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Tim Lomas: Wellbeing in non-WEIRD Countries

  • 06 Jun 2023
  • 7:00 PM - 8:00 PM
  • Zoom (link will be in your confirmation email)

Registration is closed

It is increasingly acknowledged that wellbeing research has historically been centered on people from Western, educated, industrialized, rich, and developed--WEIRD--countries. Consequently, there is a real need for scholarship that is more cross-cultural and global to better understand and represent the experiences and values of people across the world. Fortunately, there are already existing efforts that meet these aims, such as the Gallup World Poll, which covers a majority of countries globally. This talk discusses some recent findings from the poll, and especially a recent "Global Wellbeing Initiative" that aims to develop items for the poll that represent perspectives on wellbeing that may be more highly valued or emphasized in non-Western cultures, which has resulted in a particular focus on balance and harmony. Significantly though, even if these topics have historically received less emphasis or attention in some cultures (including the West), the findings show that these are valued and experienced across the world.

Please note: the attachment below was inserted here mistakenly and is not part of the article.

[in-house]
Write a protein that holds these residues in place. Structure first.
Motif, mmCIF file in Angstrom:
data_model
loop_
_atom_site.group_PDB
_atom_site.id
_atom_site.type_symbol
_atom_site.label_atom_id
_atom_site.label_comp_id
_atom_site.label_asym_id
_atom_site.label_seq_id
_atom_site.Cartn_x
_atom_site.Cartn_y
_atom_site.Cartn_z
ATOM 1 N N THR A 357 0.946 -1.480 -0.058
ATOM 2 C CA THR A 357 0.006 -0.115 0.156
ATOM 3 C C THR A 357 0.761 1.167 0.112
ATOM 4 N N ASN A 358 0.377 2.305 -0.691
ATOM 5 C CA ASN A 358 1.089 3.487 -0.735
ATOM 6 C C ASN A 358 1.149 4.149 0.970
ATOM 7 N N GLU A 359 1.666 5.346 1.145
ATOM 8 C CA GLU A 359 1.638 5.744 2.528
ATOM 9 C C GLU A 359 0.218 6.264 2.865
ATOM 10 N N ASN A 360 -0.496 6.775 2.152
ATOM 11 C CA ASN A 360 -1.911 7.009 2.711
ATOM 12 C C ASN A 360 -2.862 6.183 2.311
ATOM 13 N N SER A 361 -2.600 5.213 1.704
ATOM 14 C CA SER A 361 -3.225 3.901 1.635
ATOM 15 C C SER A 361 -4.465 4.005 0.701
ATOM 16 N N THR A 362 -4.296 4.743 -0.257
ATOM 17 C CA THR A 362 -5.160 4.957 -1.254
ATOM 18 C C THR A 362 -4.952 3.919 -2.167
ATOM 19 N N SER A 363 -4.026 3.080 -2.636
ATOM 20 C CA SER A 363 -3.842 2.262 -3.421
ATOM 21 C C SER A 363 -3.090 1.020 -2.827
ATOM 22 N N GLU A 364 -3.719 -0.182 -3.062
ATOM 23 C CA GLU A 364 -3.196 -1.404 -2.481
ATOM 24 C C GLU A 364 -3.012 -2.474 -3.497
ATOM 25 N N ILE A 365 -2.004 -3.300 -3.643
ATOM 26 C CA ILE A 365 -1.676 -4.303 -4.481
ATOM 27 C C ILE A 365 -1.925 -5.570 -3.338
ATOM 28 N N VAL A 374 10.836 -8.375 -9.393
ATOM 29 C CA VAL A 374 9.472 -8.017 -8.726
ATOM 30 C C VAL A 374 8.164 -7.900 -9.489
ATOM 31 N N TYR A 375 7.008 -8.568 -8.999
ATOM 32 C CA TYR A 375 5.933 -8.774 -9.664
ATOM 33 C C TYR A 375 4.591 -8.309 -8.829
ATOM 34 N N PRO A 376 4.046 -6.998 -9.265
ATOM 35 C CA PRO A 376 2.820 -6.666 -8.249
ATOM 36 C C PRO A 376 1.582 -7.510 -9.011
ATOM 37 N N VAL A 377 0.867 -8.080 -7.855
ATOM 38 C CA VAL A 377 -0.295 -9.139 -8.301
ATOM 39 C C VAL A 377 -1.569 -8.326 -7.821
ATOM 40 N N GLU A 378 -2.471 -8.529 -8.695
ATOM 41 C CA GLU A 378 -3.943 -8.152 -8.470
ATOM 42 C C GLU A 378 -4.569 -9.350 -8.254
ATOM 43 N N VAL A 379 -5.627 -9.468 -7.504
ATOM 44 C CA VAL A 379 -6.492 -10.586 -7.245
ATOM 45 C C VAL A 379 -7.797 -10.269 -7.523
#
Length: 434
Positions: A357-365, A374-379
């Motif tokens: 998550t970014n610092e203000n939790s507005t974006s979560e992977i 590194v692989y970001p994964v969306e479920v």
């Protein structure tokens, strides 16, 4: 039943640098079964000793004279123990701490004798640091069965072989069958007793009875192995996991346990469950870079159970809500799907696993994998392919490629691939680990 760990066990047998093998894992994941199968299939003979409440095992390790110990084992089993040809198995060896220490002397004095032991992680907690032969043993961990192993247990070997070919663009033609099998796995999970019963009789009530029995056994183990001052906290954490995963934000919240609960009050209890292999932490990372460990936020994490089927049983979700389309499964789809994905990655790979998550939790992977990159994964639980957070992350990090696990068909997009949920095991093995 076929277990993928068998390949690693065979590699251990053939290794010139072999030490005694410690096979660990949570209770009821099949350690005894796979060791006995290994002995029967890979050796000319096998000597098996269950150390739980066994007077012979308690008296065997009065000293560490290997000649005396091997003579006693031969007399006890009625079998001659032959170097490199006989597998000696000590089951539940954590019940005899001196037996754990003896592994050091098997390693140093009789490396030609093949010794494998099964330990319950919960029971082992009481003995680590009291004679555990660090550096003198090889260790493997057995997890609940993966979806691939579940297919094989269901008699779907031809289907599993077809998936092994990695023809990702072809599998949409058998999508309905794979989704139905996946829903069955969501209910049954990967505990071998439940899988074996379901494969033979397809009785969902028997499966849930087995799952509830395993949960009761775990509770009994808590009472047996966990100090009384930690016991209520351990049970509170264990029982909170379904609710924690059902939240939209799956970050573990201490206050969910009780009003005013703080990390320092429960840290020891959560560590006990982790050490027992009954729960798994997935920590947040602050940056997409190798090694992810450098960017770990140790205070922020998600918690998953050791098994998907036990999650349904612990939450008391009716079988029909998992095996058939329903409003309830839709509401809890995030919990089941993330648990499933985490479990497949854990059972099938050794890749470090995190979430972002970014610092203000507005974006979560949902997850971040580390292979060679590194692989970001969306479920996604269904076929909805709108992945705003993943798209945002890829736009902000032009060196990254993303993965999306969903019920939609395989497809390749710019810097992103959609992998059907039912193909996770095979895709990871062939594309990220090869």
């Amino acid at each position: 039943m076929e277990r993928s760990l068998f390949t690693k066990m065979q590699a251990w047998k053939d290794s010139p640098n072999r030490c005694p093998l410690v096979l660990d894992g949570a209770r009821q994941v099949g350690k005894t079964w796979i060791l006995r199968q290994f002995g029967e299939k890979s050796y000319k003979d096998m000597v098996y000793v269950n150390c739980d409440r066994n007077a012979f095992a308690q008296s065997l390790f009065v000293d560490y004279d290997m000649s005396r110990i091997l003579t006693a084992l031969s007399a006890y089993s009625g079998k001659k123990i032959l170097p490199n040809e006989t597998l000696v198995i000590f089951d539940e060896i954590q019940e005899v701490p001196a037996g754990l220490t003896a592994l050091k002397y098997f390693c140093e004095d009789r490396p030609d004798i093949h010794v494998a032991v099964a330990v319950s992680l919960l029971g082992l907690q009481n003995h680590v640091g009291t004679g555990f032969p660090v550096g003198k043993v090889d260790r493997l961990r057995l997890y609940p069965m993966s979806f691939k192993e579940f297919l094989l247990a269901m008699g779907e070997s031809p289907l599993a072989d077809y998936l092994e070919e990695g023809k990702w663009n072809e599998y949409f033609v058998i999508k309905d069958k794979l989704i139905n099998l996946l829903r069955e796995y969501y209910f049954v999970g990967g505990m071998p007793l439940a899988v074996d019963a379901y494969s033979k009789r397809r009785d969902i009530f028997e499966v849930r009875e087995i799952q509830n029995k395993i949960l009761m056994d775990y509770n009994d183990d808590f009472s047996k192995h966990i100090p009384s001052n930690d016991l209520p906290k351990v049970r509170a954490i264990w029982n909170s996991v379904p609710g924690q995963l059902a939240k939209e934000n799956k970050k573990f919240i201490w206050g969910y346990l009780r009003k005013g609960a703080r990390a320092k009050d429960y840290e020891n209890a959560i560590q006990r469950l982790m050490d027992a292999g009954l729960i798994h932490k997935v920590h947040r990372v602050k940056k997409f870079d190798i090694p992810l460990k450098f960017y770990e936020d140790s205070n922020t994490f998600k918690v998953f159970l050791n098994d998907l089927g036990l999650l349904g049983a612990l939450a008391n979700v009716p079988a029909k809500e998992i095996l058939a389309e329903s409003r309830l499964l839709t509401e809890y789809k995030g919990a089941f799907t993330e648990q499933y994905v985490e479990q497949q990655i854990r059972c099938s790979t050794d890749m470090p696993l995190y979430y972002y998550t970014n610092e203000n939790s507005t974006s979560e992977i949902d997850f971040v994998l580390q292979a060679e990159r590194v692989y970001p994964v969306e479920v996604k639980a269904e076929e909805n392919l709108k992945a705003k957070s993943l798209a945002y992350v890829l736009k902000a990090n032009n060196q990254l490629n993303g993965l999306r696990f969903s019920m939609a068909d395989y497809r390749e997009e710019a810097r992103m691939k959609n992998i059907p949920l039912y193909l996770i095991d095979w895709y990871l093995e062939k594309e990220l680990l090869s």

Tim Lomas, PhD, is a Psychology Research Scientist in the Department of Epidemiology at the Harvard T.H. Chan School of Public Health, and part of the Human Flourishing Program at Harvard University. Tim’s main research focus is exploring cross-cultural perspectives on wellbeing, especially concepts and practices deemed ‘non-Western.’ Current projects include: assisting with the Global Flourishing Study, a longitudinal study of 240,000 people in 22 countries; helping lead the Global Wellbeing Initiative, a collaboration with Gallup to develop and analyse new items for their World Poll that reflect non-Western views of wellbeing; creating a lexicography and conceptual map of ‘untranslatable’ words relating to wellbeing; and leading a project funded by the Templeton Foundation to look into Muslim perspectives on wellbeing. Before entering academia, Tim spent seven years as a professional musician, while also working part-time as a psychiatric nursing assistant. Tim completed his PhD at the University of Westminster in 2012, where his thesis focused on the impact of meditation on men's mental health (combining cognitive neuroscience, narrative, and ethnographic analysis). From 2013 to 2020 Tim was a lecturer in positive psychology at the University of East London. Since 2013, Tim has published over 100 papers and 12 books relating to wellbeing, involving topics/approaches including linguistics, semiotics, art, emotional dialectics, balance/harmony, systems theory, social theory, politics, gender, and Buddhism. His latest book, entitled Happiness, was published in 2023 by MIT Press as part of their Essential Knowledge series.

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